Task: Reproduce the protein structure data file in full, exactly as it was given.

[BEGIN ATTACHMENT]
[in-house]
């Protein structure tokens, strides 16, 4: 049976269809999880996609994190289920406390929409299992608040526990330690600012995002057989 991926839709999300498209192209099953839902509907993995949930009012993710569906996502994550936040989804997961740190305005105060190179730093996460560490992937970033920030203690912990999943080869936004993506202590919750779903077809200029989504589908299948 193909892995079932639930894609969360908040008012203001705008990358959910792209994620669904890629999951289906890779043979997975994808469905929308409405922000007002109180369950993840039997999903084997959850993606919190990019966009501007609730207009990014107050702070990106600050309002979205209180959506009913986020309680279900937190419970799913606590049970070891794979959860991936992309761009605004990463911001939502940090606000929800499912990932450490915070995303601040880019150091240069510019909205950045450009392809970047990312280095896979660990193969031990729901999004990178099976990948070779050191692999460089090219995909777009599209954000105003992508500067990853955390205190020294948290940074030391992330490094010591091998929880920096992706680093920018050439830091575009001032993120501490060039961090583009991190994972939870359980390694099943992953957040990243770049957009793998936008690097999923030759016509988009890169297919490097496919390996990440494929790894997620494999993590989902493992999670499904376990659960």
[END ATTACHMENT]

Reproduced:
[in-house]
């Protein structure tokens, strides 16, 4: 049976269809999880996609994190289920406390929409299992608040526990330690600012995002057989 991926839709999300498209192209099953839902509907993995949930009012993710569906996502994550936040989804997961740190305005105060190179730093996460560490992937970033920030203690912990999943080869936004993506202590919750779903077809200029989504589908299948 193909892995079932639930894609969360908040008012203001705008990358959910792209994620669904890629999951289906890779043979997975994808469905929308409405922000007002109180369950993840039997999903084997959850993606919190990019966009501007609730207009990014107050702070990106600050309002979205209180959506009913986020309680279900937190419970799913606590049970070891794979959860991936992309761009605004990463911001939502940090606000929800499912990932450490915070995303601040880019150091240069510019909205950045450009392809970047990312280095896979660990193969031990729901999004990178099976990948070779050191692999460089090219995909777009599209954000105003992508500067990853955390205190020294948290940074030391992330490094010591091998929880920096992706680093920018050439830091575009001032993120501490060039961090583009991190994972939870359980390694099943992953957040990243770049957009793998936008690097999923030759016509988009890169297919490097496919390996990440494929790894997620494999993590989902493992999670499904376990659960």